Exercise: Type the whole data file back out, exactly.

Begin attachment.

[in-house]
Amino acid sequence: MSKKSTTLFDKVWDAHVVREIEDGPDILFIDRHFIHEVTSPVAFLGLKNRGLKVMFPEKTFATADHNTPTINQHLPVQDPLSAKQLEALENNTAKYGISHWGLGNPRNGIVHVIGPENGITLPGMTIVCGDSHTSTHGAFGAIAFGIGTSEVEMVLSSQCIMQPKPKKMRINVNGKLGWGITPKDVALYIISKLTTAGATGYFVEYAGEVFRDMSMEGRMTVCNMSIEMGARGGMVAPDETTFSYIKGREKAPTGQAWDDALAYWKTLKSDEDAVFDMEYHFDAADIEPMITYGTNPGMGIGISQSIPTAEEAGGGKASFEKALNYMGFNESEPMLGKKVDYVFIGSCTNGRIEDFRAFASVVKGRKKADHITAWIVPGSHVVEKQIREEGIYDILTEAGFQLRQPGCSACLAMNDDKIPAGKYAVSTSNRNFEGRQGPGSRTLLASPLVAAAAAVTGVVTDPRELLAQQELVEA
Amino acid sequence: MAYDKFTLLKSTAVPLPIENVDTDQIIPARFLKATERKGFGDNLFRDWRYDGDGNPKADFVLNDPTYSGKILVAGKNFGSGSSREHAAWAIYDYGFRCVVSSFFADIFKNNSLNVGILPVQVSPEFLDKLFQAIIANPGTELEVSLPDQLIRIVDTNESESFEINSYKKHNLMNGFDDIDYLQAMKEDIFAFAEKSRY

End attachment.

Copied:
[in-house]
Amino acid sequence: MSKKSTTLFDKVWDAHVVREIEDGPDILFIDRHFIHEVTSPVAFLGLKNRGLKVMFPEKTFATADHNTPTINQHLPVQDPLSAKQLEALENNTAKYGISHWGLGNPRNGIVHVIGPENGITLPGMTIVCGDSHTSTHGAFGAIAFGIGTSEVEMVLSSQCIMQPKPKKMRINVNGKLGWGITPKDVALYIISKLTTAGATGYFVEYAGEVFRDMSMEGRMTVCNMSIEMGARGGMVAPDETTFSYIKGREKAPTGQAWDDALAYWKTLKSDEDAVFDMEYHFDAADIEPMITYGTNPGMGIGISQSIPTAEEAGGGKASFEKALNYMGFNESEPMLGKKVDYVFIGSCTNGRIEDFRAFASVVKGRKKADHITAWIVPGSHVVEKQIREEGIYDILTEAGFQLRQPGCSACLAMNDDKIPAGKYAVSTSNRNFEGRQGPGSRTLLASPLVAAAAAVTGVVTDPRELLAQQELVEA
Amino acid sequence: MAYDKFTLLKSTAVPLPIENVDTDQIIPARFLKATERKGFGDNLFRDWRYDGDGNPKADFVLNDPTYSGKILVAGKNFGSGSSREHAAWAIYDYGFRCVVSSFFADIFKNNSLNVGILPVQVSPEFLDKLFQAIIANPGTELEVSLPDQLIRIVDTNESESFEINSYKKHNLMNGFDDIDYLQAMKEDIFAFAEKSRY